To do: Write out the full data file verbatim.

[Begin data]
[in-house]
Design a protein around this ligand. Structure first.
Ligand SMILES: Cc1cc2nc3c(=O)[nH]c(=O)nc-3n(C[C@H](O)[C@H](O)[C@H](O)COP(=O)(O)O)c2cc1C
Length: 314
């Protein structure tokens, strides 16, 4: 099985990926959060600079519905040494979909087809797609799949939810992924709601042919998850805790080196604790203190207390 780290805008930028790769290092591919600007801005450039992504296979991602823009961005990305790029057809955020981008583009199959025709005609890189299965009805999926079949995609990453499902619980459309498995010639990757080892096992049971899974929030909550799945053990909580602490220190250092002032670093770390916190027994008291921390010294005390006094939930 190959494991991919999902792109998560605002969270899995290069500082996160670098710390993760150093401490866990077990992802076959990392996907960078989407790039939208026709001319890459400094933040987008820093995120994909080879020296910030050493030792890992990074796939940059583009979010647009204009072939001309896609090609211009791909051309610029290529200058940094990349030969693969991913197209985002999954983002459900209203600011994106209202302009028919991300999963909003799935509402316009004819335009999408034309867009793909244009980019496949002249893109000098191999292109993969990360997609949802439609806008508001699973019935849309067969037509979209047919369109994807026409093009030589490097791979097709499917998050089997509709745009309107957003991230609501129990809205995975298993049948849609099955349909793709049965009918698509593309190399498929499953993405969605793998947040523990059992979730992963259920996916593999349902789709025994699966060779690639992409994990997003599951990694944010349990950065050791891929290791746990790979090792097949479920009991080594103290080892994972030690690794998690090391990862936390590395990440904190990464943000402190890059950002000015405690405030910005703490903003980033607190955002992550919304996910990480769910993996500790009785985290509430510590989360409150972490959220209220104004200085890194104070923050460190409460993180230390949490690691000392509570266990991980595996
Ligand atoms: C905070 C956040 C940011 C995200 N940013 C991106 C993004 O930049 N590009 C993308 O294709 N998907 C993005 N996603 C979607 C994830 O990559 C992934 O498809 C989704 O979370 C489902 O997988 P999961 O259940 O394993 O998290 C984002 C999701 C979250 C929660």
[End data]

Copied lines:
[in-house]
Design a protein around this ligand. Structure first.
Ligand SMILES: Cc1cc2nc3c(=O)[nH]c(=O)nc-3n(C[C@H](O)[C@H](O)[C@H](O)COP(=O)(O)O)c2cc1C
Length: 314
């Protein structure tokens, strides 16, 4: 099985990926959060600079519905040494979909087809797609799949939810992924709601042919998850805790080196604790203190207390 780290805008930028790769290092591919600007801005450039992504296979991602823009961005990305790029057809955020981008583009199959025709005609890189299965009805999926079949995609990453499902619980459309498995010639990757080892096992049971899974929030909550799945053990909580602490220190250092002032670093770390916190027994008291921390010294005390006094939930 190959494991991919999902792109998560605002969270899995290069500082996160670098710390993760150093401490866990077990992802076959990392996907960078989407790039939208026709001319890459400094933040987008820093995120994909080879020296910030050493030792890992990074796939940059583009979010647009204009072939001309896609090609211009791909051309610029290529200058940094990349030969693969991913197209985002999954983002459900209203600011994106209202302009028919991300999963909003799935509402316009004819335009999408034309867009793909244009980019496949002249893109000098191999292109993969990360997609949802439609806008508001699973019935849309067969037509979209047919369109994807026409093009030589490097791979097709499917998050089997509709745009309107957003991230609501129990809205995975298993049948849609099955349909793709049965009918698509593309190399498929499953993405969605793998947040523990059992979730992963259920996916593999349902789709025994699966060779690639992409994990997003599951990694944010349990950065050791891929290791746990790979090792097949479920009991080594103290080892994972030690690794998690090391990862936390590395990440904190990464943000402190890059950002000015405690405030910005703490903003980033607190955002992550919304996910990480769910993996500790009785985290509430510590989360409150972490959220209220104004200085890194104070923050460190409460993180230390949490690691000392509570266990991980595996
Ligand atoms: C905070 C956040 C940011 C995200 N940013 C991106 C993004 O930049 N590009 C993308 O294709 N998907 C993005 N996603 C979607 C994830 O990559 C992934 O498809 C989704 O979370 C489902 O997988 P999961 O259940 O394993 O998290 C984002 C999701 C979250 C929660």